kxroberto at googlemail.com
Wed Nov 22 14:28:20 CST 2006
Robert Kern wrote:
> Tim Hochberg wrote:
>> Robert Kern wrote:
>>> One possibility is to check if the object is an ndarray (or subclass) and use
>>> .copy() if so; otherwise, use the current implementation and hope that you
>>> didn't pass it a Numeric or numarray array (or some other view-based object).
>> I think I would invert this test and instead check if the object is a
>> Python list and *not* copy in that case. Otherwise, use copy.copy to
>> copy the object whatever it is. This looks like it would be more robust
>> in that it would work in all sensible case, and just be a tad slower in
>> some of them.
> I don't want to assume that the only two sequence types are lists and arrays.
> The problem with using copy.copy() on non-arrays is that it, well, makes copies
> of the elements. The objects in the shuffled sequence are not the same objects
> before and after the shuffling. I consider that to be a violation of the spec.
> Views are rare outside of numpy/Numeric/numarray, partially because Guido
> considers them to be evil. I'm beginning to see why.
>> Another possible refinement / complication would be to special case 1D
>> arrays so that they run fastish.
>> A third possibility involves rewriting this in this form:
>> indices = arange(len(x))
>> _shuffle_core(indices) # This just does what current shuffle now does
>> x[:] = take(x, indices, 0)
> That's problematic since the elements all turn into numpy scalar objects:
> In : from numpy import *
> In : a = range(9,-1,-1)
> In : idx = arange(len(a))
> In : a[:] = take(a, idx, 0)
> In : a
> Out: [9, 8, 7, 6, 5, 4, 3, 2, 1, 0]
> In : type(a)
> Out: <type 'numpy.int32'>
a[:]=take(asarray(a,object),idx,0) ? works also correct with ndarray's even if I didn't dig the reason why... all element will be probably re-casted twice.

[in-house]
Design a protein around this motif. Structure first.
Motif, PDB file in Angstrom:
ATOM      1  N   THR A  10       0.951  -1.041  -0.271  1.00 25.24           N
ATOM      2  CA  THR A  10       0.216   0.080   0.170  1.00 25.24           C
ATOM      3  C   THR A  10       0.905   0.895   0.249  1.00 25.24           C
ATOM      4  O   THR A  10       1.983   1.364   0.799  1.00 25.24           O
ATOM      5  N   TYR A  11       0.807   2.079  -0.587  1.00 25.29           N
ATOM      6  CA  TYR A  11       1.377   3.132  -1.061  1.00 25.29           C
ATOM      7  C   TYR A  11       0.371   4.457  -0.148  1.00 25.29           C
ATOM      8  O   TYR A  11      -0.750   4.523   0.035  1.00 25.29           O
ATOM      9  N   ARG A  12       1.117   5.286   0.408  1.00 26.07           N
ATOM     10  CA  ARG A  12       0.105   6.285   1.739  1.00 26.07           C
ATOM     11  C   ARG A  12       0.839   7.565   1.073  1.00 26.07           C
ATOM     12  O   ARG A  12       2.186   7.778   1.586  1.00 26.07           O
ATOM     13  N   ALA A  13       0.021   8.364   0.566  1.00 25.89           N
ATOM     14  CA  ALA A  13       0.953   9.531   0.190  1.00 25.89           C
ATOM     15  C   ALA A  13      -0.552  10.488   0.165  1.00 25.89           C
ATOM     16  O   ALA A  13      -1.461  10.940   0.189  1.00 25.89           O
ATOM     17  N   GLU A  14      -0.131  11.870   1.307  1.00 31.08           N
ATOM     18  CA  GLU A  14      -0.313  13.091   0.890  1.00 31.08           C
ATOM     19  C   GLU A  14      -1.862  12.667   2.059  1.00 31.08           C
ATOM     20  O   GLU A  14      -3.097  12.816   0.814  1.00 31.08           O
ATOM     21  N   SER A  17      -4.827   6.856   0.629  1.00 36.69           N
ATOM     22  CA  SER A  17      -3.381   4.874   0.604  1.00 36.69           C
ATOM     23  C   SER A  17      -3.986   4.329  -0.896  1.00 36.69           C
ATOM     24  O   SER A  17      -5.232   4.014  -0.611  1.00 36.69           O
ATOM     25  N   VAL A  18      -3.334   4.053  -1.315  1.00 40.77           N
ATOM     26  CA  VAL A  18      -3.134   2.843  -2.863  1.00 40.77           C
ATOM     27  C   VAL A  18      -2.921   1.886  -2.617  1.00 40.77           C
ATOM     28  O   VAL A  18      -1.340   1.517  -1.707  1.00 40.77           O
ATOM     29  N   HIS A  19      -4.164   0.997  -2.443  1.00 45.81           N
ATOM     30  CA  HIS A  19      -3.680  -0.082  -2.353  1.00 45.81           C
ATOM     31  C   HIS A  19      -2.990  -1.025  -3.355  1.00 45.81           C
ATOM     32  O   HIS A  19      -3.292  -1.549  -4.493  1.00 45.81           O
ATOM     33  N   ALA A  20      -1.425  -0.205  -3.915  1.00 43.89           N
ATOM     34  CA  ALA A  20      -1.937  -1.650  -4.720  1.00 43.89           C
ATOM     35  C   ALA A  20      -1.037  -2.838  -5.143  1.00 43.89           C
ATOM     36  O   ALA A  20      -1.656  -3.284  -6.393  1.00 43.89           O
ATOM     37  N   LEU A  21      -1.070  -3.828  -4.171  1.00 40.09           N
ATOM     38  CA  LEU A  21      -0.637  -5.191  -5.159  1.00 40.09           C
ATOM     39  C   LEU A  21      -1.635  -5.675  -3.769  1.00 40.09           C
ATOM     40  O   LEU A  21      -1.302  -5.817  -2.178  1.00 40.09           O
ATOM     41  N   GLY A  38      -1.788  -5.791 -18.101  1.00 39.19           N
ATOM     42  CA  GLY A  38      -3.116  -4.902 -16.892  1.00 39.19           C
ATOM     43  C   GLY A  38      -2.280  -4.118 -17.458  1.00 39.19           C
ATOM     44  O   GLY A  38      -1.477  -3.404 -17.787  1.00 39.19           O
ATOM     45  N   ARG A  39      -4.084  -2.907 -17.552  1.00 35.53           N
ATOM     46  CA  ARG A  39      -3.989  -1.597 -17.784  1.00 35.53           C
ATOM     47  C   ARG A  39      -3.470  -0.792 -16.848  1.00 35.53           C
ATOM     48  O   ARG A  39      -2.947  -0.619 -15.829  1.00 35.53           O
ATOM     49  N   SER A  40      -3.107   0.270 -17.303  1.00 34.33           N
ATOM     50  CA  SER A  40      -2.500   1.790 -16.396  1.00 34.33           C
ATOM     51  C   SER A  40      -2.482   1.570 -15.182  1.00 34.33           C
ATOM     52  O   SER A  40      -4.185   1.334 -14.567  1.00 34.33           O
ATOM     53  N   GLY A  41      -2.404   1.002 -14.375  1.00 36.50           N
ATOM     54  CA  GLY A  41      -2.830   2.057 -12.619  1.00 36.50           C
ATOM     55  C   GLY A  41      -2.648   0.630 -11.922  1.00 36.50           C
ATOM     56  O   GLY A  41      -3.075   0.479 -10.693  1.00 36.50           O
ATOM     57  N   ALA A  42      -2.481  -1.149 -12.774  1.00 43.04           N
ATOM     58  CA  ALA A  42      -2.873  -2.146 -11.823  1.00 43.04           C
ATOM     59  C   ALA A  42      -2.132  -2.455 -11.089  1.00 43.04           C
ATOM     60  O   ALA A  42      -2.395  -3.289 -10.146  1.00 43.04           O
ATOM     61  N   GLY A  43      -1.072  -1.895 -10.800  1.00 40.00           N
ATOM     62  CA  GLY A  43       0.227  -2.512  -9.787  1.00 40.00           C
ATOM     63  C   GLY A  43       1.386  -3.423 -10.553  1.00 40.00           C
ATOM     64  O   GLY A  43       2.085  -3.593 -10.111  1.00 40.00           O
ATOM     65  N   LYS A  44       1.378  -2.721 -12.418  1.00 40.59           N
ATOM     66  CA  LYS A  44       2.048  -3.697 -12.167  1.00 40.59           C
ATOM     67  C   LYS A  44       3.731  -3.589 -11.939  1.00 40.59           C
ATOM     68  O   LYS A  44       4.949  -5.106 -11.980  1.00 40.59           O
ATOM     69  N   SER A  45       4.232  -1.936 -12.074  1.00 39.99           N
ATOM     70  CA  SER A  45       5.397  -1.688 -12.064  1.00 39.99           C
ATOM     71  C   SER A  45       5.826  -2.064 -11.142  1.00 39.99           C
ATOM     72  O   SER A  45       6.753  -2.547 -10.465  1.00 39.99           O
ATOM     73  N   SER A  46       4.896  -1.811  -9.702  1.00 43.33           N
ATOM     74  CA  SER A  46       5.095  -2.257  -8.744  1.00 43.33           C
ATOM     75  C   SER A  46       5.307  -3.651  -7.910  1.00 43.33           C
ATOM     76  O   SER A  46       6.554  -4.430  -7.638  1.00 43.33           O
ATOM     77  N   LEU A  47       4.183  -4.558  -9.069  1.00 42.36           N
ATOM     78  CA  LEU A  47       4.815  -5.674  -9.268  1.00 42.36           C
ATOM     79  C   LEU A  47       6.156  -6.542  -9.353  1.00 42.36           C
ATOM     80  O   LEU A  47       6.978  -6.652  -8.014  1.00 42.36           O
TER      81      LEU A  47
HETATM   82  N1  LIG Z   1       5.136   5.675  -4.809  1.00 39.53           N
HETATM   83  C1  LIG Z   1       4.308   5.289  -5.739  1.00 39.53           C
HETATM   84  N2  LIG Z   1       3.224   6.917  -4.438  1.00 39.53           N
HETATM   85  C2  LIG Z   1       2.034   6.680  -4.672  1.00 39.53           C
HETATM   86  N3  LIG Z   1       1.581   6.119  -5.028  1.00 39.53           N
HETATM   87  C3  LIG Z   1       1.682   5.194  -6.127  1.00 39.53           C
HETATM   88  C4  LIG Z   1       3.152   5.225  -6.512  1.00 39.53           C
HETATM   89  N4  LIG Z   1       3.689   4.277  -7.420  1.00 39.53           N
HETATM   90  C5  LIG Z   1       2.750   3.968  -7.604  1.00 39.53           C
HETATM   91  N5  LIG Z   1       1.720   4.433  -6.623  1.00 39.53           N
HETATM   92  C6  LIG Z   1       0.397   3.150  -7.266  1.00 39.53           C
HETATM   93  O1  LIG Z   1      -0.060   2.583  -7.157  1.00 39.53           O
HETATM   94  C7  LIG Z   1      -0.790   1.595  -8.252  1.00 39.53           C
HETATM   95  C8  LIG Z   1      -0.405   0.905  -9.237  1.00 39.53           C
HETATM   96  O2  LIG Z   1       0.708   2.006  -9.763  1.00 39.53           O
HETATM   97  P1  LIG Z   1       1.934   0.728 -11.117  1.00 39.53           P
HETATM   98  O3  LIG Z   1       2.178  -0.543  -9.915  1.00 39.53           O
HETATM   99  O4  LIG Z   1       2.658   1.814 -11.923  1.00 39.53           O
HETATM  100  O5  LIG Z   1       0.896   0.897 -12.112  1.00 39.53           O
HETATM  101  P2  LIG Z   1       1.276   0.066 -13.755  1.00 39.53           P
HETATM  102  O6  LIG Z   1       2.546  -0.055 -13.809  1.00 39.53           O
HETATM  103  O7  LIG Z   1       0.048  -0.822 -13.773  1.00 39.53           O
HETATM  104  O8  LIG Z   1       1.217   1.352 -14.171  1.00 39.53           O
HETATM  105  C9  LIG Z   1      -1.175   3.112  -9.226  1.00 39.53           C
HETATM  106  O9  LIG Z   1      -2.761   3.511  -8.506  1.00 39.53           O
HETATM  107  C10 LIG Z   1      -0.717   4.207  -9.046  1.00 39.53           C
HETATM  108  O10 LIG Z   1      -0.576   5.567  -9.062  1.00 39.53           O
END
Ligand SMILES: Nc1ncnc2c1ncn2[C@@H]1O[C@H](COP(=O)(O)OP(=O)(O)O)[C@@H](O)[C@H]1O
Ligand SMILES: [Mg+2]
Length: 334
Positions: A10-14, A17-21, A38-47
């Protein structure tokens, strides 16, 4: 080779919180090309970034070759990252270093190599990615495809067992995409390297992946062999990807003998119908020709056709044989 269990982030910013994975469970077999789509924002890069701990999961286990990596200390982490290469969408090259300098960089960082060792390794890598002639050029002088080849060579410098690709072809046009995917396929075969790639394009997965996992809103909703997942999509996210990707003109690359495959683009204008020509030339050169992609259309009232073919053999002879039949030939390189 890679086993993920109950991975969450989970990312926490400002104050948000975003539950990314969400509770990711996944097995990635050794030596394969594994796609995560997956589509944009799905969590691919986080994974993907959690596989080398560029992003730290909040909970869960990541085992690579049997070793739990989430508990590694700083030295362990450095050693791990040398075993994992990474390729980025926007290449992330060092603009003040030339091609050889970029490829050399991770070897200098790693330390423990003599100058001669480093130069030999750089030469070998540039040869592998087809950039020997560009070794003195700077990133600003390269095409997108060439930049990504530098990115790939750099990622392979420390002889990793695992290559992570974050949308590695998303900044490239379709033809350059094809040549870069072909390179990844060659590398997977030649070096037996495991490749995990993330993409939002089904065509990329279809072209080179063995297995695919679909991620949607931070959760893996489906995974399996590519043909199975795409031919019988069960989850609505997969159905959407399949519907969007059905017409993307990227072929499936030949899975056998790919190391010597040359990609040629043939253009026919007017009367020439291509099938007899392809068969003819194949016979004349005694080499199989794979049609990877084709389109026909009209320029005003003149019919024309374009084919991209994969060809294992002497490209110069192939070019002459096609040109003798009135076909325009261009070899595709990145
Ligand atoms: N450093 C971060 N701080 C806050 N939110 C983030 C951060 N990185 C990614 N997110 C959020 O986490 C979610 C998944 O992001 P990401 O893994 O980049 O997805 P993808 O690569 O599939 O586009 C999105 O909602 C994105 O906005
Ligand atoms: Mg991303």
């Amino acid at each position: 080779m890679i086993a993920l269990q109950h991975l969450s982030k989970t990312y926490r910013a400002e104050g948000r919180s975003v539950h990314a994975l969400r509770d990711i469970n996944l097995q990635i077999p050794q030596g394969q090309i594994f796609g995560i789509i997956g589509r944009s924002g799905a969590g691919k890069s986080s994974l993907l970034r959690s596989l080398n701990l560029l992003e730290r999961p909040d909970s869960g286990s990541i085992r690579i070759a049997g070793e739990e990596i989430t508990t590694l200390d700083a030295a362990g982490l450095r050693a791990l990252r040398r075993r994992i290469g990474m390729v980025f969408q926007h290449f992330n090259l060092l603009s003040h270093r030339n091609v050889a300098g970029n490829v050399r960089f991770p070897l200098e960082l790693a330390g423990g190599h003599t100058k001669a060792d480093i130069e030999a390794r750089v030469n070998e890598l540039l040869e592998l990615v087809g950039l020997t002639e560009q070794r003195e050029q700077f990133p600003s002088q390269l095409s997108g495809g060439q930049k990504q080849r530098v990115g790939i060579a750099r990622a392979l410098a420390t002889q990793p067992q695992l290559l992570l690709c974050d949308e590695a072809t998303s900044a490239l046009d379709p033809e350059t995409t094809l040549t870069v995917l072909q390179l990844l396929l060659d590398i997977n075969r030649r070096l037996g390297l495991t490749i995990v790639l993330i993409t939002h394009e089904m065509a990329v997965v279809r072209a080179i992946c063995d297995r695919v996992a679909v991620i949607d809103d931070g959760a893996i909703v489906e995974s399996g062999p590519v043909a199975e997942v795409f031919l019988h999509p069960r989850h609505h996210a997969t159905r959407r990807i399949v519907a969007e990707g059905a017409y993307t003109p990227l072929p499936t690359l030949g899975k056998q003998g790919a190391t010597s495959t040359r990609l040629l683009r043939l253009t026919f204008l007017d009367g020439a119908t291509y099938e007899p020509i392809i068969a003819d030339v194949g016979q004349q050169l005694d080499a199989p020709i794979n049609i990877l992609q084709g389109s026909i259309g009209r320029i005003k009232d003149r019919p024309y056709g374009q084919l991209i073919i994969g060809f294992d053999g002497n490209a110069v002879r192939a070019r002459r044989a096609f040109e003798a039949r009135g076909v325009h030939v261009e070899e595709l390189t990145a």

Think the take-method on shuffled indizes is basically right and natural for a numpy-shuffler.
The example is just possibly another vote against the default behavior of letting numpy.scalar types out of arrays, which are set up with a "harmless" type.
array([ 1., 2., 3.])
is just ill as it I think.
In (Guido's) Python objects should probably come out of collections best as typy as they went in. Currently numpy-scalars will just "infect" the whole app almost like a virus (and kill performance and pickle's etc.)
Of course views are essential for an efficient array type, but type-altering possibly not.
For rare cases for generalized algs (I need to think hard to find even an example), where the array-interface is needed on elements (and a array(obj) cast is too uncomfortable), there could be still the different possibilty:
then its natural that numpy.float64, numpy.int32.... come out, as the programmer would even expect it so.
Thus maybe for array types:
* float!=numpy.float64 (but common base class (or 'float' itself) maybe)
* int !=numpy.intXX
* complex !=numpy.complex128
* default array type is (python.)float
* default array type from list of ints is (python.)int
* default array type from list of complex is (python.)complex
* default array type of other lists is always <object>
currently this is also problematic:
array(['1', '2', '3', ''],
>>> array([1,2,"3ef",'wefwfewoiwjefo iwjef'])
array(['1', '2', '3ef', 'wefwfewoiwjefo iwjef'],
>>> _='woeifjwo woie pwioef wliuefh lwieufh wleifuh welfiu '
array(['woeifjwo woie pwioef', '2', '3ef', 'wefwfewoiwjefo iwjef'],
is rarely what a Pythoneer would expect. Guess fix string arrays should only be created explicitely
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